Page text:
All sorts of correlations are carefully examined when it comes to mass shooters. But the fact that the largest institution in the United States has trained many of them to shoot is scrupulously avoided.

By David Swanson, Let’s Try Democracy

In the United States, only a very small percentage of men under 60 are military veterans.

In the United States, at least 31% of male mass shooters under 60 (which is almost all mass shooters) are military veterans.

shelter in place road sign in Maine after mass shooting

That’s 40 out of 127 mass shooters in Mother Jones’ database whom I’ve been able to identify as U.S. military veterans, with no help from Mother Jones and darn little help from any media outlets at all. It is very likely that more than those 40 have actually been military veterans.

We now have reports of a U.S. Army reservist who trained others in shooting guns having committed the worst mass shooting in some time.

There is much we do not know about the latest mass shooting in the United States, but of these two things we can be certain:

  1. The U.S. Congress will do nothing to make U.S. gun laws resemble those of a normal nation.
  2. Media outlets will focus on mental health, rightwing politics, and anything other than military experience. There will be a hunt for “motive,” but little interest in ability.

As I reported in June, a University of Maryland report touching on this topic was virtually ignored by media outlets.

But here are the facts:

Looking at males, aged 18-59, veterans are well over twice, maybe over three times as likely to be mass shooters compared with the group as a whole. And they shoot somewhat more fatally. Counting this latest shooting as having 16 fatalities, though that may actually increase, the veteran shooters on this list have killed on average 8.3 people and those who have not been identified as veterans have killed on average 7.2 people.

The numbers have changed slightly since I began writing about this:

All sorts of correlations are carefully examined when it comes to mass shooters. But the fact that the largest institution in the United States has trained many of them to shoot is scrupulously avoided.

Those mass shooters who are not actually military veterans tend to dress and speak as if they were. Some of them are veterans of police forces with military-sounding titles, or have been prison guards or security guards . Counting those who’ve been in either the U.S. military or a police force or a prison or worked as an armed guard of any kind would give us an even larger percentage. The factor of having been trained and employed to shoot is larger than just the military veterans, yet carefully ignored because so many of those professionally trained to shoot have been trained by the U.S. military.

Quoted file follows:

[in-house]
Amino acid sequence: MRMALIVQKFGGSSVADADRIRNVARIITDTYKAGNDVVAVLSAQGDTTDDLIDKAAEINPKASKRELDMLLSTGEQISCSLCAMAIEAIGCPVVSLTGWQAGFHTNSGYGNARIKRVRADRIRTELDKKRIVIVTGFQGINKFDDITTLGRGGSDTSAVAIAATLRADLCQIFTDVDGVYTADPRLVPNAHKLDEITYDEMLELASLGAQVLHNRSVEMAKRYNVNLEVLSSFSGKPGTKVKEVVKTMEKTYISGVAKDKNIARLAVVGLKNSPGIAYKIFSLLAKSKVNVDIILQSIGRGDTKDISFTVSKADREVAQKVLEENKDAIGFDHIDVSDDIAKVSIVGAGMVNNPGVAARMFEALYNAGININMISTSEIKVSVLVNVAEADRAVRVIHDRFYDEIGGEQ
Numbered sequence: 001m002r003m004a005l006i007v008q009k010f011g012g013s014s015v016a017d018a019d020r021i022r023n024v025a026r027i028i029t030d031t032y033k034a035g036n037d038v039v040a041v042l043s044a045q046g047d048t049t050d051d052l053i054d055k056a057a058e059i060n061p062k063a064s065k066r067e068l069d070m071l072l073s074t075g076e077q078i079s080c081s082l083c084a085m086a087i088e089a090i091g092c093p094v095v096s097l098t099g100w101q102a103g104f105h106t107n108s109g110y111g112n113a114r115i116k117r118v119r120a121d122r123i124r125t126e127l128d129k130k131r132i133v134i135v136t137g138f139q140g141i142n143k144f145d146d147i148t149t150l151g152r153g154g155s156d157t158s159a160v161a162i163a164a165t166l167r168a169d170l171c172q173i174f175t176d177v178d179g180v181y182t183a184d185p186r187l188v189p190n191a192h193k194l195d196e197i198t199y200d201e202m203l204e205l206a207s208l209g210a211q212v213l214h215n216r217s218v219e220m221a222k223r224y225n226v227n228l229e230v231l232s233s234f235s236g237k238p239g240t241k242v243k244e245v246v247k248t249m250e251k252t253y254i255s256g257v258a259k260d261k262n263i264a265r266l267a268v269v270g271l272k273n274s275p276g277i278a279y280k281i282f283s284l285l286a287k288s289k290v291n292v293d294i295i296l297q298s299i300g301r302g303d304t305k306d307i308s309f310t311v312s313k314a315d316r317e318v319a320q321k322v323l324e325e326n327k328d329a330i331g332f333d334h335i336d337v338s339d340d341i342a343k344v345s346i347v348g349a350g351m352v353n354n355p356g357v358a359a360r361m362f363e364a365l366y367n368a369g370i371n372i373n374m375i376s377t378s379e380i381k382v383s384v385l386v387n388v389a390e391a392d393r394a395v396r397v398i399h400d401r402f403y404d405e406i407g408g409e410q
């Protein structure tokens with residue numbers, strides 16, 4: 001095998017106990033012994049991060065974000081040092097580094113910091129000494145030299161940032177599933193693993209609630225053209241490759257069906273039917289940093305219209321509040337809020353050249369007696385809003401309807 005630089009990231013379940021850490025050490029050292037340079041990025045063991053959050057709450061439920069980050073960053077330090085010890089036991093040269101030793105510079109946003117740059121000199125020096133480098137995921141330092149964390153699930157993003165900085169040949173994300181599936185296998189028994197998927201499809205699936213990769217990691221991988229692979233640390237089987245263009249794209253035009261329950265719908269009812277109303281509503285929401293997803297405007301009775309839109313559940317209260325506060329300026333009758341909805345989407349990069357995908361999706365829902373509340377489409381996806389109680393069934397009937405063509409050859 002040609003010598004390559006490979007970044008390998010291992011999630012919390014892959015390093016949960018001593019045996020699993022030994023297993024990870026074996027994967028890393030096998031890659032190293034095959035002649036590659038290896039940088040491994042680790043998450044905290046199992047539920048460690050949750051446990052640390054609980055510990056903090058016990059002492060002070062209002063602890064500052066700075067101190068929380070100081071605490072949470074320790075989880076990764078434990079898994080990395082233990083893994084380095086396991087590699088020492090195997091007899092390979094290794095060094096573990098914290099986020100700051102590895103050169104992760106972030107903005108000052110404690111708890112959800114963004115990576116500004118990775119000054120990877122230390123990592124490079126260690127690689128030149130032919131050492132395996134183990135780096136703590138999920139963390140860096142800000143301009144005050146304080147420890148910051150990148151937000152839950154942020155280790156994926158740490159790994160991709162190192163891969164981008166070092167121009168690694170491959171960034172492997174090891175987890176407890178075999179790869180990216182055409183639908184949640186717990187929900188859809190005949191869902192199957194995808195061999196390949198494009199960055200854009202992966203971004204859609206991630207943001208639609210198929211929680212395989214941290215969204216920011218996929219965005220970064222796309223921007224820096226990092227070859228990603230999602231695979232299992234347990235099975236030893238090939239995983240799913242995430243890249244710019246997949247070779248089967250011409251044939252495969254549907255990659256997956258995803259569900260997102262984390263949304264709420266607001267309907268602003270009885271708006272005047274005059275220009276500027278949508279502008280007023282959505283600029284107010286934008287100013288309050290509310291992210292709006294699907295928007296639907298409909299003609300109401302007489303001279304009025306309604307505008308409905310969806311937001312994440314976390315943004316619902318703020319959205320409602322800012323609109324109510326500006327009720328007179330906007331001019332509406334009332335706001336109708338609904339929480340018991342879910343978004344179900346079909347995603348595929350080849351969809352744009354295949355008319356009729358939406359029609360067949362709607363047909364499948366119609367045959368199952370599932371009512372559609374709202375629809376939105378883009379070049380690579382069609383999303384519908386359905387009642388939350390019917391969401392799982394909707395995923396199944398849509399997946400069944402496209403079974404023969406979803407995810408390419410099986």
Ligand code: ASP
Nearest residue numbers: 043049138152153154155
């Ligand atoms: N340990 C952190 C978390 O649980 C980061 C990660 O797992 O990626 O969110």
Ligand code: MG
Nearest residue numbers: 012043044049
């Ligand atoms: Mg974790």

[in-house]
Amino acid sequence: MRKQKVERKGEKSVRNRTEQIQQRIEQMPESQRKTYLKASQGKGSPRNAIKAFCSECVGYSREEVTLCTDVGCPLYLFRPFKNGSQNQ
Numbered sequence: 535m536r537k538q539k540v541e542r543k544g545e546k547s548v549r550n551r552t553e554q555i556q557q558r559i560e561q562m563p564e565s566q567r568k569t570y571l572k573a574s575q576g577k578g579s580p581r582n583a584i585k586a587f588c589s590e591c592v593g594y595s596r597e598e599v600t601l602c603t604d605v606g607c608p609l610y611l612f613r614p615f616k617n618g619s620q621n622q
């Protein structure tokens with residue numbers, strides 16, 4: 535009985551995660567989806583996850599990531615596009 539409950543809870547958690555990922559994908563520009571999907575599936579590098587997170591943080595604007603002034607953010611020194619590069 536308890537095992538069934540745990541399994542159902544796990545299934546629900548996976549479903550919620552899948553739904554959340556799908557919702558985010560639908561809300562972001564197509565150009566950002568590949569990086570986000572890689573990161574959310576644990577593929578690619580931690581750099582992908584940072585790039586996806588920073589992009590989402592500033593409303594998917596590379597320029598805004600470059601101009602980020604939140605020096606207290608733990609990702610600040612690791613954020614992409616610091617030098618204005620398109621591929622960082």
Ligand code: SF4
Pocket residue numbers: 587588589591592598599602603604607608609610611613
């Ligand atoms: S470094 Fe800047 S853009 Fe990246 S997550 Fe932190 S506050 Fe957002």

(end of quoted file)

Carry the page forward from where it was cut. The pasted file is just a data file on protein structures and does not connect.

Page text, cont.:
Some of the non-military mass-shooters have worked as civilians for the military. Some have tried to join the military and been rejected. The whole phenomenon of mass-shootings has skyrocketed during the post-2001 endless wars. The militarism of mass-shootings may be too big to see, but the avoidance of the topic is stunning.

Needless to say, out of a country of over 330 million people a database of 127 mass shooters is a very, very small group. Needless to say, statistically, virtually all veterans are not mass shooters. But that can hardly be the reason for not a single news article ever mentioning that mass shooters are very disproportinately likely to be veterans. After all, statistically, virtually all males, mentally ill people, domestic abusers, Nazi-sympathizers, loners, and gun-purchasers are also not mass-shooters. Yet articles on those topics proliferate like NRA campaign bribes.

There seem to me to be two key reasons that a sane communications system would not censor this topic. First, our public dollars and elected officials are training and conditioning huge numbers of people to kill, sending them abroad to kill, thanking them for the “service,” praising and rewarding them for killing, and then some of them are killing where it is not acceptable. This is not a chance correlation, but a factor with a clear connection.

Second, by devoting so much of our government to organized killing, and even allowing the military to train in schools, and to develop video games and Hollywood movies, we’ve created a culture in which people imagine that militarism is praiseworthy, that violence solves problems, and that revenge is one of the highest values. Virtually every mass shooter has used military weaponry. Most of those whose dress we are aware of dressed as if in the military. Those who’ve left behind writings that have been made public have tended to write as if they were taking part in a war. So, while it might surprise many people to find out how many mass shooters are veterans of the military, it might be hard to find mass shooters (actual veterans or not) who did not themselves think they were soldiers.

There seems to me to be one most likely reason that it’s difficult to find out which shooters have been in the military (meaning that some additional shooters probably have been, about whom I’ve been unable to learn that fact). We’ve developed a culture dedicated to praising and glorifying participation in war. It need not even be a conscious decision, but a journalist convinced that militarism is laudable would assume it was irrelevant to a report on a mass shooter and, in addition, assume that it was distasteful to mention that the man was a veteran. That sort of widespread self-censorship is the only possible explanation for the complete whiting out of this story.

The phenomenon of shutting down this story does not exactly require a “motive,” and I would like to recommend to reporters on mass shootings that they, too, devote a bit less energy to the often meaningless hunt for “a motive,” and a tad more to considering whether the fact that a shooter lived and breathed in an institution dedicated to mass shooting might be relevant.